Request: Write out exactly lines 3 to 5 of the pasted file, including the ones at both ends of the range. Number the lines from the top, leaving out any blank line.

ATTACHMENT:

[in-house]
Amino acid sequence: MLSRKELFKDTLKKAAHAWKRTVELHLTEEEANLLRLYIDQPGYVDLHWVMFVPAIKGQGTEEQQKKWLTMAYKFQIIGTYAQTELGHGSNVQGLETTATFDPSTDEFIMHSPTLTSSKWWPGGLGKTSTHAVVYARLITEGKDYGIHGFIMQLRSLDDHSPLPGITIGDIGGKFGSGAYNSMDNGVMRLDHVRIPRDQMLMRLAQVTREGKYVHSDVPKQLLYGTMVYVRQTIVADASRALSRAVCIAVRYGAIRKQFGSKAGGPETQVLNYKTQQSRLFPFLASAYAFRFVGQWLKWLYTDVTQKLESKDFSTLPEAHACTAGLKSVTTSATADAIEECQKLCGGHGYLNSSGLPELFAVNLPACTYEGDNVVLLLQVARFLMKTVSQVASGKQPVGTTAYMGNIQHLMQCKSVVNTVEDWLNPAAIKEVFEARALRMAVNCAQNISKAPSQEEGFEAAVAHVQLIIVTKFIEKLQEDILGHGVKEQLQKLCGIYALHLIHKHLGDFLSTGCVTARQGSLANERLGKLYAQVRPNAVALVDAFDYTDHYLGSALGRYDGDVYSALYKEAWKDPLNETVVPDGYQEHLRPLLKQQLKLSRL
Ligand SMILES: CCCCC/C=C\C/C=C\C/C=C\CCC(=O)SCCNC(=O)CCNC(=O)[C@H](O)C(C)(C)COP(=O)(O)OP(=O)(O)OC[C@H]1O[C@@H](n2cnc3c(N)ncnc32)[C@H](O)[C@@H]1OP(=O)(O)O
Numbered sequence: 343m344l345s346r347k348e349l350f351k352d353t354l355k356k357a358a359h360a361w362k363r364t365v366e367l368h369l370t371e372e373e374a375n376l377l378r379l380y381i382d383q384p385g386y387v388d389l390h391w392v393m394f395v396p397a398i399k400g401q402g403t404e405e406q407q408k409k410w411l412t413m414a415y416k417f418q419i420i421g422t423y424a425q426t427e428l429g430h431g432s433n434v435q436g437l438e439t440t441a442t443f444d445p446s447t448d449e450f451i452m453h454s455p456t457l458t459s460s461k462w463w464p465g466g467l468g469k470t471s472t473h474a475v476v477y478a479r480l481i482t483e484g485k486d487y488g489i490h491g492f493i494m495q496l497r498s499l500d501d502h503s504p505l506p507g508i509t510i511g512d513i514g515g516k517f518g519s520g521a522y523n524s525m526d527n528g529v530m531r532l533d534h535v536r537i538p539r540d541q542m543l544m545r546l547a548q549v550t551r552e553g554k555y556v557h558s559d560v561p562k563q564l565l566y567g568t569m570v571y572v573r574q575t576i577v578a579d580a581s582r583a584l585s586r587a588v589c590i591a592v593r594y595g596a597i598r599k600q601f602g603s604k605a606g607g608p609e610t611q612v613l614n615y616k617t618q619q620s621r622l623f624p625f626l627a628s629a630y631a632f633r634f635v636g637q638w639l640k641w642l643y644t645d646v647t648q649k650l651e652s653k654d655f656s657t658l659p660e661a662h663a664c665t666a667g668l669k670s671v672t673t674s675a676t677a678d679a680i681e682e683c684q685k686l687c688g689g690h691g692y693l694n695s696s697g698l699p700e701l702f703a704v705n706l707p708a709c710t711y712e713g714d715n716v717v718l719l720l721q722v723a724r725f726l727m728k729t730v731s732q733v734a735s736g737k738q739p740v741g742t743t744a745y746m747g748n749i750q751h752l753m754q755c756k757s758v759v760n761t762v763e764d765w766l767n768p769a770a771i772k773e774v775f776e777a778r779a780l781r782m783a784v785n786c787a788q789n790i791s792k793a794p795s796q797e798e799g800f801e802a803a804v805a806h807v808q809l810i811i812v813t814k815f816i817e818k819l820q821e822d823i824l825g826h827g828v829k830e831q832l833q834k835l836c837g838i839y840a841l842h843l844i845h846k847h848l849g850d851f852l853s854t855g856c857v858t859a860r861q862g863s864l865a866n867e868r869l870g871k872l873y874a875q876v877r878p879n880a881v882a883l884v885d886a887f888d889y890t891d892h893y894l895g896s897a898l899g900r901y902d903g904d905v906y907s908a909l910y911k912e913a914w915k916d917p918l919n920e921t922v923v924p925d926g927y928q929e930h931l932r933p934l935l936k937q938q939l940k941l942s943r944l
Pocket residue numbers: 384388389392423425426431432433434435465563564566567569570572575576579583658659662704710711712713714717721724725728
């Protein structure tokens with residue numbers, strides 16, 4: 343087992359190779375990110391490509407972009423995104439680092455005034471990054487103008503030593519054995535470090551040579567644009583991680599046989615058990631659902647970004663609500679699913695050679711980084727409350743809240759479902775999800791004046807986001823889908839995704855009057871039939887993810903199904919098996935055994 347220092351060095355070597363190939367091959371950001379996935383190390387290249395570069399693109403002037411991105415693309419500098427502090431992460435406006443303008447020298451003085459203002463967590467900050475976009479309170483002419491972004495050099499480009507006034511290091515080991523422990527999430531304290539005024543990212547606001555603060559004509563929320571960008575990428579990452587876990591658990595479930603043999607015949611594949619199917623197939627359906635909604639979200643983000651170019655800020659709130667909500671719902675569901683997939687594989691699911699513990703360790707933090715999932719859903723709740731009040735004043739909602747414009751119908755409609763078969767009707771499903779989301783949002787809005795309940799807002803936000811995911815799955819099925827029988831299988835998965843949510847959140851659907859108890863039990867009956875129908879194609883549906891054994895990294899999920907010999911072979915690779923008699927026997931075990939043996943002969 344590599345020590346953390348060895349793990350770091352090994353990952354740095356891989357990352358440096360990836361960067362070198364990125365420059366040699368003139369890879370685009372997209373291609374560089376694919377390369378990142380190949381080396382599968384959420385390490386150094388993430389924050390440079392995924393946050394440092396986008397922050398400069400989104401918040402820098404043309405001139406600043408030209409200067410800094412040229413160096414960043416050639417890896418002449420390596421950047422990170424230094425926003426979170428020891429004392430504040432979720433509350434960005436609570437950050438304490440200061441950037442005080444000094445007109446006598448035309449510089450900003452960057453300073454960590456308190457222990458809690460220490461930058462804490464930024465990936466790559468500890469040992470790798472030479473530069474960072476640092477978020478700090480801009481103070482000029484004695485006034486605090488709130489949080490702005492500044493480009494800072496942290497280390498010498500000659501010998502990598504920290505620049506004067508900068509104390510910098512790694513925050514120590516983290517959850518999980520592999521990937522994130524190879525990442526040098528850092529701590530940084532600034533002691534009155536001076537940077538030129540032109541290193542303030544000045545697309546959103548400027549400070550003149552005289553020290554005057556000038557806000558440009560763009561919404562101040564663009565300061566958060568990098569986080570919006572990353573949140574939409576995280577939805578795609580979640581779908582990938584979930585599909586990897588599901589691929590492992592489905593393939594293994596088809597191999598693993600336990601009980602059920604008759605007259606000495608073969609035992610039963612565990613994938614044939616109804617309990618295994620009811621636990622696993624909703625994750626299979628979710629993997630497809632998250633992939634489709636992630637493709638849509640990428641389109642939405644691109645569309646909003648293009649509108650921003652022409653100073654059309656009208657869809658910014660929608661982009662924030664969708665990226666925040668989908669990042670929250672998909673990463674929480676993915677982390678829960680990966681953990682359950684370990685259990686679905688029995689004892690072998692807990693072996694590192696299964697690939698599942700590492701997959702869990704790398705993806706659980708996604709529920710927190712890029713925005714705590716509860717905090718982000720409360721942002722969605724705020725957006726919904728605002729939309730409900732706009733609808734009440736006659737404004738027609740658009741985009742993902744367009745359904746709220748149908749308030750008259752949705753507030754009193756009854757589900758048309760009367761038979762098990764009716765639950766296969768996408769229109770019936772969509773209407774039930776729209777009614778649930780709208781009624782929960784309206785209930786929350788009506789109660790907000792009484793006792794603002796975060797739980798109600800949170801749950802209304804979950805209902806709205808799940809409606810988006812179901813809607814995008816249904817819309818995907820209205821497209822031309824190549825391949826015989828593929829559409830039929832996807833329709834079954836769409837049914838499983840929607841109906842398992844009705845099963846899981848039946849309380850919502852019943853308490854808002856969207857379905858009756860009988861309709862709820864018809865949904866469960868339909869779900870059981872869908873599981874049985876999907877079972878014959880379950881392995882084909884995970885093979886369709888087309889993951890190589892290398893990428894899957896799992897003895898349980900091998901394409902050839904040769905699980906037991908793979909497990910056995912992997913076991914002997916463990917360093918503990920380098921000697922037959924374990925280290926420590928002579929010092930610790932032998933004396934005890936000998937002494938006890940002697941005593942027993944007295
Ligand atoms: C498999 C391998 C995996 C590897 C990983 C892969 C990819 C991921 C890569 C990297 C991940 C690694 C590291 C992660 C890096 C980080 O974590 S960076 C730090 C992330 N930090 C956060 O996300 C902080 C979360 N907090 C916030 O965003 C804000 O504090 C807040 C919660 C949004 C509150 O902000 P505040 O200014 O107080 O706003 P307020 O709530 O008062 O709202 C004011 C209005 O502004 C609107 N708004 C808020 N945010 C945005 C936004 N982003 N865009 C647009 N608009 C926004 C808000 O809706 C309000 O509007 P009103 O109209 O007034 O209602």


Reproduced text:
Ligand SMILES: CCCCC/C=C\C/C=C\C/C=C\CCC(=O)SCCNC(=O)CCNC(=O)[C@H](O)C(C)(C)COP(=O)(O)OP(=O)(O)OC[C@H]1O[C@@H](n2cnc3c(N)ncnc32)[C@H](O)[C@@H]1OP(=O)(O)O
Numbered sequence: 343m344l345s346r347k348e349l350f351k352d353t354l355k356k357a358a359h360a361w362k363r364t365v366e367l368h369l370t371e372e373e374a375n376l377l378r379l380y381i382d383q384p385g386y387v388d389l390h391w392v393m394f395v396p397a398i399k400g401q402g403t404e405e406q407q408k409k410w411l412t413m414a415y416k417f418q419i420i421g422t423y424a425q426t427e428l429g430h431g432s433n434v435q436g437l438e439t440t441a442t443f444d445p446s447t448d449e450f451i452m453h454s455p456t457l458t459s460s461k462w463w464p465g466g467l468g469k470t471s472t473h474a475v476v477y478a479r480l481i482t483e484g485k486d487y488g489i490h491g492f493i494m495q496l497r498s499l500d501d502h503s504p505l506p507g508i509t510i511g512d513i514g515g516k517f518g519s520g521a522y523n524s525m526d527n528g529v530m531r532l533d534h535v536r537i538p539r540d541q542m543l544m545r546l547a548q549v550t551r552e553g554k555y556v557h558s559d560v561p562k563q564l565l566y567g568t569m570v571y572v573r574q575t576i577v578a579d580a581s582r583a584l585s586r587a588v589c590i591a592v593r594y595g596a597i598r599k600q601f602g603s604k605a606g607g608p609e610t611q612v613l614n615y616k617t618q619q620s621r622l623f624p625f626l627a628s629a630y631a632f633r634f635v636g637q638w639l640k641w642l643y644t645d646v647t648q649k650l651e652s653k654d655f656s657t658l659p660e661a662h663a664c665t666a667g668l669k670s671v672t673t674s675a676t677a678d679a680i681e682e683c684q685k686l687c688g689g690h691g692y693l694n695s696s697g698l699p700e701l702f703a704v705n706l707p708a709c710t711y712e713g714d715n716v717v718l719l720l721q722v723a724r725f726l727m728k729t730v731s732q733v734a735s736g737k738q739p740v741g742t743t744a745y746m747g748n749i750q751h752l753m754q755c756k757s758v759v760n761t762v763e764d765w766l767n768p769a770a771i772k773e774v775f776e777a778r779a780l781r782m783a784v785n786c787a788q789n790i791s792k793a794p795s796q797e798e799g800f801e802a803a804v805a806h807v808q809l810i811i812v813t814k815f816i817e818k819l820q821e822d823i824l825g826h827g828v829k830e831q832l833q834k835l836c837g838i839y840a841l842h843l844i845h846k847h848l849g850d851f852l853s854t855g856c857v858t859a860r861q862g863s864l865a866n867e868r869l870g871k872l873y874a875q876v877r878p879n880a881v882a883l884v885d886a887f888d889y890t891d892h893y894l895g896s897a898l899g900r901y902d903g904d905v906y907s908a909l910y911k912e913a914w915k916d917p918l919n920e921t922v923v924p925d926g927y928q929e930h931l932r933p934l935l936k937q938q939l940k941l942s943r944l
Pocket residue numbers: 384388389392423425426431432433434435465563564566567569570572575576579583658659662704710711712713714717721724725728